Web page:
data, apply your best guess based on the size of accounts you will want the producer to work on, such
as small commercial, and the industries that he or she will target. Divide the new commissions goal by
this number (a divided by b) to determine the number of new accounts (c) that must be written dur-
ing the goal period.
• Number of sales proposals: This is the producer’s “hit ratio.” Industry averages are about 33 percent;
that is, for every three proposals made, one account is sold. If new producers receive little hands-on
support from management and have to do their own carrier marketing, their results could be lower.
On the other hand, an agency with an effective sales center and a list of well-qualiﬁed prospects may
do 50 percent or better. If you know your agency average hit ratio, divide this decimal number into the
number of accounts needed (c) to get the number of sales proposals that must be made during the
• Number of appointments: Consider that half (50 percent) of all appointments will result in proposals
being made. If the agency qualiﬁes prospects well, the number might be higher. Working prospects
from x-dates, only when policies are about to expire, may decrease this ratio if there has been con-
siderable time lapse. Multiply the number of proposals (d) by two to get the number of appointments
needed (e), or base this ﬁgure on your agency experience.
• Number of contacts: Most contacts to obtain x-dates or appointments will be made by phone. You can
expect one-third (33 percent) of the calls to produce the desired information. Again, pre-qualifying,
working in target markets, and supporting calls with an aggressive marketing program will increase
that percentage. Multiply the number of appointments (e) by 3 to get the number of contacts that will
Producer Orientation Workbook 23
be needed (f), or base the ﬁgure on your agency experience.
Goals and activities can be even more detailed. If telephone prospecting is part of the new producer’s respon-
sibilities, you could estimate and track the number of dials necessary to establish contact with a decision
maker. Or if you wish to emphasize the importance of territory management, you could track the number of
miles driven per sales call. The point of this exercise in setting goals and speciﬁc activities is that the new
producer should understand that to a large extent his or her success will depend on daily activities that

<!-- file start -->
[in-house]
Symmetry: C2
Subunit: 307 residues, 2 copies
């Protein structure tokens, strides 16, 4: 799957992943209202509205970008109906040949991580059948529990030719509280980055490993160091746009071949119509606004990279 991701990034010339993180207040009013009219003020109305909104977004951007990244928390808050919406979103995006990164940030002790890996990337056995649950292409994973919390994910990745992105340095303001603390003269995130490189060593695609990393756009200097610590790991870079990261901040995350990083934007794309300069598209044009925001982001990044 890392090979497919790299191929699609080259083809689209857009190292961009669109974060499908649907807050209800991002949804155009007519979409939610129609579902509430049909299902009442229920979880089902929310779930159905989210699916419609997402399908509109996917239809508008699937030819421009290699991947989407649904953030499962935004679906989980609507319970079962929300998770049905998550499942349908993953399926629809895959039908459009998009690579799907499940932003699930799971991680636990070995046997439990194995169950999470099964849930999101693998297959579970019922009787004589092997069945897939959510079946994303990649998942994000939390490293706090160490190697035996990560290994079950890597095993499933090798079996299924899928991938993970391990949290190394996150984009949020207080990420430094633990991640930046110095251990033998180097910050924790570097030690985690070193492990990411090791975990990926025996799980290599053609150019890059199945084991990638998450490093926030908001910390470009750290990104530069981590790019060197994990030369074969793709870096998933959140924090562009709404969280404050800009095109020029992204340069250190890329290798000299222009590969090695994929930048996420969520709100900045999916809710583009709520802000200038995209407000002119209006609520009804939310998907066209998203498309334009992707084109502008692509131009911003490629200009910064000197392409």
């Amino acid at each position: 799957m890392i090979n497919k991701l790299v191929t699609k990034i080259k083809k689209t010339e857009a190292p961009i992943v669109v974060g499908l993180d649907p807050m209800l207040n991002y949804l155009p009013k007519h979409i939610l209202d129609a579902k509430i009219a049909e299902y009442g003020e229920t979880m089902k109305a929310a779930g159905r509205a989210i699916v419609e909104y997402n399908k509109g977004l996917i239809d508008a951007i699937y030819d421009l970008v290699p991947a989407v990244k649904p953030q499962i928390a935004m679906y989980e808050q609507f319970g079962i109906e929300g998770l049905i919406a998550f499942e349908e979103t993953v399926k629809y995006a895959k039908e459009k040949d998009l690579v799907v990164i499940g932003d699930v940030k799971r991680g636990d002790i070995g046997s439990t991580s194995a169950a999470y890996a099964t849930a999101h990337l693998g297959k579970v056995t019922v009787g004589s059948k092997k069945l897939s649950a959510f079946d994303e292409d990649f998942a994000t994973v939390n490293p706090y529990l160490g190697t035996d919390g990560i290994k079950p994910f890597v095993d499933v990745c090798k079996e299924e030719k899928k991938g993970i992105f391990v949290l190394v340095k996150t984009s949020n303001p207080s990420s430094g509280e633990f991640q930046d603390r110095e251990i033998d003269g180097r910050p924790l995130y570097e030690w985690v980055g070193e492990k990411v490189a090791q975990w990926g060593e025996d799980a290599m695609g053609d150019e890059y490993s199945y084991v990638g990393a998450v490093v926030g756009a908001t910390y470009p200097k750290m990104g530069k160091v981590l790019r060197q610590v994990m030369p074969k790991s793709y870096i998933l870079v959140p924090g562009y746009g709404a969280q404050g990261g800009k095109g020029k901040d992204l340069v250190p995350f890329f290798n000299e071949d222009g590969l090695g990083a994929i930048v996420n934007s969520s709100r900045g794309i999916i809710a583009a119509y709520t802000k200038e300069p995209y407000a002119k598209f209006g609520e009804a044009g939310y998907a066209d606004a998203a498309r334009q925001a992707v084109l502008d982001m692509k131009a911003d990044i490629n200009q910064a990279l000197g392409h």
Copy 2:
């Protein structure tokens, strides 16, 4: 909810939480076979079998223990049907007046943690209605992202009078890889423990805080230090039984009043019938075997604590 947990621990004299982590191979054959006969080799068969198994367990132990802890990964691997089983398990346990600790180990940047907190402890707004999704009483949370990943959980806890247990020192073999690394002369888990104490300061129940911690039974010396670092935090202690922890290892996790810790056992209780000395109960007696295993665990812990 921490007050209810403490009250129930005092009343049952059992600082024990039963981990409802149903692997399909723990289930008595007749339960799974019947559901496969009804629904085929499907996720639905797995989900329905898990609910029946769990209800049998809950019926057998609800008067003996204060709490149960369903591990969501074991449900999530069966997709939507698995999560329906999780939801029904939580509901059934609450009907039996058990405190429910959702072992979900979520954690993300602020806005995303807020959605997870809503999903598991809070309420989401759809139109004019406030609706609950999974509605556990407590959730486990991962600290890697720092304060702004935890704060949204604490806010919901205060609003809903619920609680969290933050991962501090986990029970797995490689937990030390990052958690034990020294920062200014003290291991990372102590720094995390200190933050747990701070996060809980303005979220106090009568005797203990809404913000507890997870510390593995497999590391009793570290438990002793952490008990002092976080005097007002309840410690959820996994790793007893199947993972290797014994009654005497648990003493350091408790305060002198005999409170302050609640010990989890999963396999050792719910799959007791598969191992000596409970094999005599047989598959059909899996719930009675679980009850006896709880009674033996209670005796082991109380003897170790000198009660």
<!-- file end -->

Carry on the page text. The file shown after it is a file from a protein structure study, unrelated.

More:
predict ultimate sales. To arrive at the weekly activity needed to reach goals, divide all numbers by 45, the
number of weeks the new producer can realistically devote to sales.
Some agencies reverse the goal setting process for new producers, since it can be difﬁcult to estimate the
amount of commission income that can be produced the ﬁrst year. These agencies, with the involvement
of the new producer, estimate the number of calls that can be made daily and calculate the commission
income from that. This approach offers more ﬂexibility to accommodate training schedules and other learn-
ing activities that take up the new producer’s time.
With either approach, keep the following points in mind in setting goals for the new producer:
• Goals should be set for more than one year, to account for the different learning and orientation rates
of new producers. The ﬁrst year’s estimates are likely to be most inaccurate.
• Training delays, which are an important ﬁrst step, will reduce the amount of commission income
you can expect in the ﬁrst year. Although you will want to set goals based on written commissions, as
much as one-half of the commission will probably be earned in the second year. Anticipate this delay
in your cash ﬂow projections.
• The business produced in the ﬁrst year may have a lower retention rate than agency averages. New
producers, unless handed a batch of qualiﬁed leads, will tend to write more insurance shoppers. Good
qualiﬁcation of leads comes with experience.
• Don’t overreact to failure to meet short-term commission goals. A lot of assumptions are made in
setting goals with a new producer. Instead, focus on the weekly activities. A producer who makes
the calls will eventually get business written. Activity reporting will also point out where training is
needed. For instance, if the producer is getting appointments on only 20 percent of his calls to tar-
geted accounts, take a look at his approach to contacts.
Weekly reporting of sales activities is recommended for new producers without previous experience. This
reporting responsibility builds the habit of discipline and helps the new producer prioritize weekly activi-
ties. There are as many good report forms as there are good agencies. The one enclosed with this report is
reprinted with permission from the Master Agency Manager. This publication includes several chapters
on sales management and can be obtained by calling (800) 638-0657.
24 TAIA Producer Development Program
Roger Sitkins with the Sitkins Group is a well-known sales and sales management trainer. He suggests that
every producer be given a performance agreement that includes production goals and what he terms “non-
optional behaviors” that support production, such as service calls on existing accounts, maintenance of a
prospect list, development of referrals, renewal reviews, and professional development. This agreement
is signed by both the producer and the sales manager. It includes an automatic probationary period and a
termination clause if the terms of the agreement are not met.
Whether you formalize the process in this manner or not, the new producer will need to know the standards